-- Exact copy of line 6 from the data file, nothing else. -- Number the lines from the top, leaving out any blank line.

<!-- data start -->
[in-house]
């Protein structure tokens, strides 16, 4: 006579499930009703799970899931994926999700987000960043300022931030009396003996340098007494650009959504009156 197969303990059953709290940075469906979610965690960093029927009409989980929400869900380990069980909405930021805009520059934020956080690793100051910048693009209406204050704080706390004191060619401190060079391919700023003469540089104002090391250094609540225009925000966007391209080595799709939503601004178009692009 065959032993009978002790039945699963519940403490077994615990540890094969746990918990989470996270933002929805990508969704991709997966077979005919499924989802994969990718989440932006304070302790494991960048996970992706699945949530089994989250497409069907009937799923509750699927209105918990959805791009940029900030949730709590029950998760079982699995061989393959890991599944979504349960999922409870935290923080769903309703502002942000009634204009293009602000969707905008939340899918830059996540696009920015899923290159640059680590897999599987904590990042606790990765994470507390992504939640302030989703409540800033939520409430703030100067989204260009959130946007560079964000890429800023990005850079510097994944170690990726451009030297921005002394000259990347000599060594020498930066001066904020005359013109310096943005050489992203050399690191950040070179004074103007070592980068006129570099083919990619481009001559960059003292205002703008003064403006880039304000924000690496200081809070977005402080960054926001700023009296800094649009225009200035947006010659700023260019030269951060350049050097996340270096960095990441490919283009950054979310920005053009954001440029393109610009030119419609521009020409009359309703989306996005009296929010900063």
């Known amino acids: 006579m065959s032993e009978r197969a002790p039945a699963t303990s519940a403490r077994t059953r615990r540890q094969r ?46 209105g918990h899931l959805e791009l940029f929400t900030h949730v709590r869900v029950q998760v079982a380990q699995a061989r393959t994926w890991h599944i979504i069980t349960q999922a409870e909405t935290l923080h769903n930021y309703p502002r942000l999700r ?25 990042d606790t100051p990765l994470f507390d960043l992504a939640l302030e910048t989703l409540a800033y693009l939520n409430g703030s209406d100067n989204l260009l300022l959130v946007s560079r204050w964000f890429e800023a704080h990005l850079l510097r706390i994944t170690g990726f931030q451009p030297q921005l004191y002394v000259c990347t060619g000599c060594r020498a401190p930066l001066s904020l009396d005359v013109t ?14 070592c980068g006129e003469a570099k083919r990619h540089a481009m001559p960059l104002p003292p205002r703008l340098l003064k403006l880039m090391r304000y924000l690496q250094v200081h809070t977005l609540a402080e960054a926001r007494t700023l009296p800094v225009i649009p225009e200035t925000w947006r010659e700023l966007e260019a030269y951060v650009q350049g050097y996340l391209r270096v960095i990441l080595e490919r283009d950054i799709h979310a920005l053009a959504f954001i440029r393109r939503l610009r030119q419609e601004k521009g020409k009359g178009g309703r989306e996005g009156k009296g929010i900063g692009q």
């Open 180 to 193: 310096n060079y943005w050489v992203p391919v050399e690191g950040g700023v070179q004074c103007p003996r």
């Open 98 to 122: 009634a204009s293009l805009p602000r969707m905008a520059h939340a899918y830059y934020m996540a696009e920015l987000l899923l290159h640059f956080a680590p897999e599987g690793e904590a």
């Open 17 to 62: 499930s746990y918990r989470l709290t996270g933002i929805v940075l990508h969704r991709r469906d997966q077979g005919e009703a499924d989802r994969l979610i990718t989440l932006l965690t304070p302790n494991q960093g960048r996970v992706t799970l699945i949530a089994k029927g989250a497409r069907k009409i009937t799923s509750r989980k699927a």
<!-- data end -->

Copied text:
């Open 17 to 62: 499930s746990y918990r989470l709290t996270g933002i929805v940075l990508h969704r991709r469906d997966q077979g005919e009703a499924d989802r994969l979610i990718t989440l932006l965690t304070p302790n494991q960093g960048r996970v992706t799970l699945i949530a089994k029927g989250a497409r069907k009409i009937t799923s509750r989980k699927a």